Uganda:Patient commits suicide over being accused of bringing misfortune, bad luck

Published by Théophile Niyitegeka
On 9 May 2017 saa 10:11
Views :
47 2

A man in Otwal Sub-county, Oyam District, has committed suicide due to stigma of his chronic illness.

Mr Patrick Odongo, a resident of Acan-ling village in Anyomolyec parish, who had been suffering from epilepsy for several years, hanged self on Monday morning.

The officer in charge (OC) of Otwal Police Station, Mr Robert Okello, said before the incident the deceased reportedly bought a rope from a nearby trading centre and informed his wife, Ms Scovia Odongo, that the rope looked very good for hanging someone.

Mr Odongo, who appeared over excited, then explained to his wife how he had all along been suffering from abusive words hurled at him by his friends at drinking joints.

For instance, he reportedly told his wife how his friends were threatening to beat him up if he ever experienced convulsion again because they claim he was responsible for their misfortune.

Mr Odongo’s wife reportedly pleaded with him not to commit suicide when he threatened to do so, assuring him of his importance to the family and in the end getting temporary success in dissuading Odongo from committing suicide as he put away the rope and headed out later to drink.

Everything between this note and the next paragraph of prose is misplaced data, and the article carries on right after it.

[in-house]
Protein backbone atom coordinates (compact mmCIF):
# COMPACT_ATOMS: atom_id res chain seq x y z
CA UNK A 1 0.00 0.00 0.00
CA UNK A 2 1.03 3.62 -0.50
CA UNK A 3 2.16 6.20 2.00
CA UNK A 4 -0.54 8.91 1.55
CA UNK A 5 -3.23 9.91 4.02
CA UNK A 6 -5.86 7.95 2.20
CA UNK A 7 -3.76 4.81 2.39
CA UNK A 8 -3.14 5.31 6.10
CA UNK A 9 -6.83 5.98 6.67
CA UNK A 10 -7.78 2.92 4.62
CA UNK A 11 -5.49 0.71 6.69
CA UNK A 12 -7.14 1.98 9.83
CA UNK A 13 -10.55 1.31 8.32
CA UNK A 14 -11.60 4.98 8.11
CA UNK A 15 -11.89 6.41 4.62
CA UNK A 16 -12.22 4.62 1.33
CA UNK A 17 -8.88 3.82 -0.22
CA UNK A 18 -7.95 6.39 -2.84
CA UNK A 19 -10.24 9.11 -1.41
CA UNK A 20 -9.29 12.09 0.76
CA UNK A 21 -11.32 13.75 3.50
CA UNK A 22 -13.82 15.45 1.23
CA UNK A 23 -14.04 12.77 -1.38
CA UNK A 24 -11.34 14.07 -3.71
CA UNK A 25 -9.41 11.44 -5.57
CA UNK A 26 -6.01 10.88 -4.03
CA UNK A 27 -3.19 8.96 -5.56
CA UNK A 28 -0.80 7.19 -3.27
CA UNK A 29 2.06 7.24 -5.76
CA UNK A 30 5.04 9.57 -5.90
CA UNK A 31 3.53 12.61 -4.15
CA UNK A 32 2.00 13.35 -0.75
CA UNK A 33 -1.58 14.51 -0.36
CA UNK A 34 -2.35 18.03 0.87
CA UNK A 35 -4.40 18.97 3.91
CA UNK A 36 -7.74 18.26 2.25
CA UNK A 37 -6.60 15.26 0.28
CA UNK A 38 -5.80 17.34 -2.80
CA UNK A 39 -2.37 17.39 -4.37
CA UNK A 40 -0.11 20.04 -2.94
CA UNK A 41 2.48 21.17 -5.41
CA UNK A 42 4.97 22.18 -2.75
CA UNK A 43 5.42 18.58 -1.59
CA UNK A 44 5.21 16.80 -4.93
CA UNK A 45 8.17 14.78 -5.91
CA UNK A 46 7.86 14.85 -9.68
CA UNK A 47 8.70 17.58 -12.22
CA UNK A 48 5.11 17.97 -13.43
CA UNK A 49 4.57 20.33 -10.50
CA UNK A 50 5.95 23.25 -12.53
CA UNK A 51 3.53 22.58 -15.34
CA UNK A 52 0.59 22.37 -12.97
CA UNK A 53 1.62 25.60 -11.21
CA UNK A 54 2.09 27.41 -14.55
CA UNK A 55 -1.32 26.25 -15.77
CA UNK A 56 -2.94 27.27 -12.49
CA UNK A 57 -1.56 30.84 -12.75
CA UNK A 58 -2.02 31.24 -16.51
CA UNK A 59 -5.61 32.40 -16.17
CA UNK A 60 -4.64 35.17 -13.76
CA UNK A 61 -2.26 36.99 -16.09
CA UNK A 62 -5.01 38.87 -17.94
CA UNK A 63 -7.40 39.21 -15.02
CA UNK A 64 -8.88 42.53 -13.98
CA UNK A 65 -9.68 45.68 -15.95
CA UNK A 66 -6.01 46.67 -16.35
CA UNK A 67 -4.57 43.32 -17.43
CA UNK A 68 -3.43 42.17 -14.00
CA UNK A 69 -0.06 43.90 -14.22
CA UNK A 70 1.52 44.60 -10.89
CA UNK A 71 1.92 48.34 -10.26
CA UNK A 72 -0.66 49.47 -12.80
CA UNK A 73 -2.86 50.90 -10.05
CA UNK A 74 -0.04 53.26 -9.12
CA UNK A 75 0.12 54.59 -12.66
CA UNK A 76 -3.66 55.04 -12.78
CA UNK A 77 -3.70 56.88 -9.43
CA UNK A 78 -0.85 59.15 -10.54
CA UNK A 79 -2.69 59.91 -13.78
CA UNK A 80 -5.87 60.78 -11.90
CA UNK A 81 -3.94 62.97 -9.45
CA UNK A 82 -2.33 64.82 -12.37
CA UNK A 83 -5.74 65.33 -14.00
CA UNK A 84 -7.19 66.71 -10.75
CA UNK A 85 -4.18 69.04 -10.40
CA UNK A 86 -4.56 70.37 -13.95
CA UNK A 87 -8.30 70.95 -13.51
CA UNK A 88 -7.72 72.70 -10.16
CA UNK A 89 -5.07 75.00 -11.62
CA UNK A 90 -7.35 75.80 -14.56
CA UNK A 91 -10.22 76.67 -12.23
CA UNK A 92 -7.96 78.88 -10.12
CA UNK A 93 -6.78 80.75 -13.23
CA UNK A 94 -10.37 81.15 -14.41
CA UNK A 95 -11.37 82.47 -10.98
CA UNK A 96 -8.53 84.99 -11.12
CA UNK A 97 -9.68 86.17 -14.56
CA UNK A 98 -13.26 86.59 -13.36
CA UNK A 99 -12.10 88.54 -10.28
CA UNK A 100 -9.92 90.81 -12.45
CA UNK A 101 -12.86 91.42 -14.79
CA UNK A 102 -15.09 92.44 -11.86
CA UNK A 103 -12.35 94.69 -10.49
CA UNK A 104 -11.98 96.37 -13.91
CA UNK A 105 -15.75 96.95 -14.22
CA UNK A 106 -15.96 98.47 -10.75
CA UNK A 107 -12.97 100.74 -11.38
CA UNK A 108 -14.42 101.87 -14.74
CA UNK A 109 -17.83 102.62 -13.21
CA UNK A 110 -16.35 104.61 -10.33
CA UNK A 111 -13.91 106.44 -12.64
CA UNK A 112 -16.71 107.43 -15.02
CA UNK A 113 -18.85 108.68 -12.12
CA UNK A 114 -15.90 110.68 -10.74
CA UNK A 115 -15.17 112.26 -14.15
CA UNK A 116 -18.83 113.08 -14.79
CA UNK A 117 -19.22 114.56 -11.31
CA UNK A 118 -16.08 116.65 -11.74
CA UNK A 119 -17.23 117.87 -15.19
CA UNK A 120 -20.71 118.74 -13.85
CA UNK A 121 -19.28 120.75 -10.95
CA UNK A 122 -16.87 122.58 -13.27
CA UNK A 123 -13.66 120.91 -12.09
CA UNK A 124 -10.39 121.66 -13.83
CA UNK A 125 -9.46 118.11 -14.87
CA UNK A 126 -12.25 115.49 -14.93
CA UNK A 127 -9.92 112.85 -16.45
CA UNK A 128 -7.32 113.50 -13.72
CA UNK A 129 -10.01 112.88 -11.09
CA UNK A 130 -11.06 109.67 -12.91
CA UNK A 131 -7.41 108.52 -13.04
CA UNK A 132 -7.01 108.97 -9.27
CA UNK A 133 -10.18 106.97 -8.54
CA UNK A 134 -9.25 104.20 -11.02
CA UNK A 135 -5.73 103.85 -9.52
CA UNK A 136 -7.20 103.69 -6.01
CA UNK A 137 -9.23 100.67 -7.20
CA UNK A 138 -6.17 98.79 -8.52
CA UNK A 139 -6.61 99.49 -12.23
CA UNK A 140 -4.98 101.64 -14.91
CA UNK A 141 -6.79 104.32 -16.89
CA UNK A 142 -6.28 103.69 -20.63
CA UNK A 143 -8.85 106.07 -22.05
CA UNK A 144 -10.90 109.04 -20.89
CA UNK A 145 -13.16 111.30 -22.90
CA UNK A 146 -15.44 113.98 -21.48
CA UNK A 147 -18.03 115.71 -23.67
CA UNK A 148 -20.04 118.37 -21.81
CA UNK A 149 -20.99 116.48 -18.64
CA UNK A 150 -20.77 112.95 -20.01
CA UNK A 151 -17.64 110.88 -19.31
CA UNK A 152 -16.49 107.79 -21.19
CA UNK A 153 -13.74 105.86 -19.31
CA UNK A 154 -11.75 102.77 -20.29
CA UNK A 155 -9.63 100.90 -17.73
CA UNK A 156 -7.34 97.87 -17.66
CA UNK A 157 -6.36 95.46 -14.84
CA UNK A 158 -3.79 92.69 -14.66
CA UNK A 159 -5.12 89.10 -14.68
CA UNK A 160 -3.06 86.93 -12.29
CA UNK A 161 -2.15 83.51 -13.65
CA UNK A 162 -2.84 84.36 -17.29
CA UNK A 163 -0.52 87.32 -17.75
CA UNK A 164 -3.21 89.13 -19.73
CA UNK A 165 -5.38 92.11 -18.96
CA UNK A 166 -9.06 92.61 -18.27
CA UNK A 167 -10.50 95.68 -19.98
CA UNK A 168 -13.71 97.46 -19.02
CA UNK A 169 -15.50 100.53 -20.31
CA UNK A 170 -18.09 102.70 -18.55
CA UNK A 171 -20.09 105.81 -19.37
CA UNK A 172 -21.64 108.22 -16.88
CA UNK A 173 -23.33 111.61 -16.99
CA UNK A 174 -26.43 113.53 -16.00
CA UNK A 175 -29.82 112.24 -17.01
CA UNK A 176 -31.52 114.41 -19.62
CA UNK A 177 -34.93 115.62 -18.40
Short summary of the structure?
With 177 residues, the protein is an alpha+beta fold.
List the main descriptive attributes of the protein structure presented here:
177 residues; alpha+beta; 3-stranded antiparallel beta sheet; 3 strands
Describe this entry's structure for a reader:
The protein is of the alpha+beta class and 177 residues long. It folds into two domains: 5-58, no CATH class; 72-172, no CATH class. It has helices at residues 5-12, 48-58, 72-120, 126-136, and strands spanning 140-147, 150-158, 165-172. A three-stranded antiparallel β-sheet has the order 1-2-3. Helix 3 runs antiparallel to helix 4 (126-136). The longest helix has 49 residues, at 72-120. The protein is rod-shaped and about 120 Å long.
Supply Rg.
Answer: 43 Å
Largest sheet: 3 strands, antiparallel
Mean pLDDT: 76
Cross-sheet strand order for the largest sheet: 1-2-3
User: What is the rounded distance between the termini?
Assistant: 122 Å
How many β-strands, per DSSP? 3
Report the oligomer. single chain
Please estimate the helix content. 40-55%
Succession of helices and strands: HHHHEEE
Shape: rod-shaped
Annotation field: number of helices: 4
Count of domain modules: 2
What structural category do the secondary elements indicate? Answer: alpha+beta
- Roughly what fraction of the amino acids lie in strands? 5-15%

“At the drinking joint, he was very happy and seemed to enjoy every moment with colleagues. He returned home at around 10pm,” the LC1 chairman of Acan-ling village, Mr Tom Okello, said.
While at his home, the deceased reportedly reassured his wife that he had abandoned his earlier plan of ending his life because of stigma and was even very “happy” before they retired to sleep.

However, at around midnight, Ms Odongo woke up and found her husband missing, prompting her to make an alarm which drew the attention of the couple’s neighbors, soon a search ensued.
Mr Odongo was later found dangling alive on a tree near his home but died moments later after he was disentangled from the rope.
The deceased left behind one wife and four children.

“I put the blame on the relatives, especially his wife for not alerting the police in time because the deceased had already informed her that he was planning to commit suicide,” Mr Okello said.

Depression and suicide tendencies are common in chronic diseases, especially epilepsy and diabetes, according to US National Library of Medicine. Suicide is one of the most important causes of death, and is usually underestimated.

Source:Daily Monitor